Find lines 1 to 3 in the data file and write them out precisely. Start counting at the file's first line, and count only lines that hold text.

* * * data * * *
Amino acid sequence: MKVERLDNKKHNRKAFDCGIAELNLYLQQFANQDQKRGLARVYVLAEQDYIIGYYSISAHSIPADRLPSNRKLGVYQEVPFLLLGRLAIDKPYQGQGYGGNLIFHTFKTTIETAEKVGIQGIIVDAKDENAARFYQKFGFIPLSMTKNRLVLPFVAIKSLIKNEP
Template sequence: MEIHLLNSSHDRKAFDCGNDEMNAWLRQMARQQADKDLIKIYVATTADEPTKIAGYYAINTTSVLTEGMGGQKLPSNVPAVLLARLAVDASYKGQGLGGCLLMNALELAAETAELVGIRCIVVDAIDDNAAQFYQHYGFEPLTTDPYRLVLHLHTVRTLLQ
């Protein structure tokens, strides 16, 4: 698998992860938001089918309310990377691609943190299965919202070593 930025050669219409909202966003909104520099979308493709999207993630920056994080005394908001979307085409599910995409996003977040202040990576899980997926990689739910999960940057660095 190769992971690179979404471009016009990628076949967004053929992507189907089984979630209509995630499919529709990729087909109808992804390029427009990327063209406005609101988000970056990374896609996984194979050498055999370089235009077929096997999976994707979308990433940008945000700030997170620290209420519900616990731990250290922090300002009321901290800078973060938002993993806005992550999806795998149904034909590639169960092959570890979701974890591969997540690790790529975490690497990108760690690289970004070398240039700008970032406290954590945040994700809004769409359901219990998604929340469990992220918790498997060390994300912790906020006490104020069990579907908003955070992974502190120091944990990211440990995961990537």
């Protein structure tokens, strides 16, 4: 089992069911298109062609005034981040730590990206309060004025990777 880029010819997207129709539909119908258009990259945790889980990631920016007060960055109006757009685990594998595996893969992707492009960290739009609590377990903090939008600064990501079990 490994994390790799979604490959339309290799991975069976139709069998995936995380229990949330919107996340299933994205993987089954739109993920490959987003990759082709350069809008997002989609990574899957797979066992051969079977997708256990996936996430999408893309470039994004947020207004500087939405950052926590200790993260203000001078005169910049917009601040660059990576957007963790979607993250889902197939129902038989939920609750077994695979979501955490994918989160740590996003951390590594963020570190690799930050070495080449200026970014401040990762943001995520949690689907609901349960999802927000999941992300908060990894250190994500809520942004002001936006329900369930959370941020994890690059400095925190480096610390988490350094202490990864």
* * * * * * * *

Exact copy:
Amino acid sequence: MKVERLDNKKHNRKAFDCGIAELNLYLQQFANQDQKRGLARVYVLAEQDYIIGYYSISAHSIPADRLPSNRKLGVYQEVPFLLLGRLAIDKPYQGQGYGGNLIFHTFKTTIETAEKVGIQGIIVDAKDENAARFYQKFGFIPLSMTKNRLVLPFVAIKSLIKNEP
Template sequence: MEIHLLNSSHDRKAFDCGNDEMNAWLRQMARQQADKDLIKIYVATTADEPTKIAGYYAINTTSVLTEGMGGQKLPSNVPAVLLARLAVDASYKGQGLGGCLLMNALELAAETAELVGIRCIVVDAIDDNAAQFYQHYGFEPLTTDPYRLVLHLHTVRTLLQ
């Protein structure tokens, strides 16, 4: 698998992860938001089918309310990377691609943190299965919202070593 930025050669219409909202966003909104520099979308493709999207993630920056994080005394908001979307085409599910995409996003977040202040990576899980997926990689739910999960940057660095 190769992971690179979404471009016009990628076949967004053929992507189907089984979630209509995630499919529709990729087909109808992804390029427009990327063209406005609101988000970056990374896609996984194979050498055999370089235009077929096997999976994707979308990433940008945000700030997170620290209420519900616990731990250290922090300002009321901290800078973060938002993993806005992550999806795998149904034909590639169960092959570890979701974890591969997540690790790529975490690497990108760690690289970004070398240039700008970032406290954590945040994700809004769409359901219990998604929340469990992220918790498997060390994300912790906020006490104020069990579907908003955070992974502190120091944990990211440990995961990537």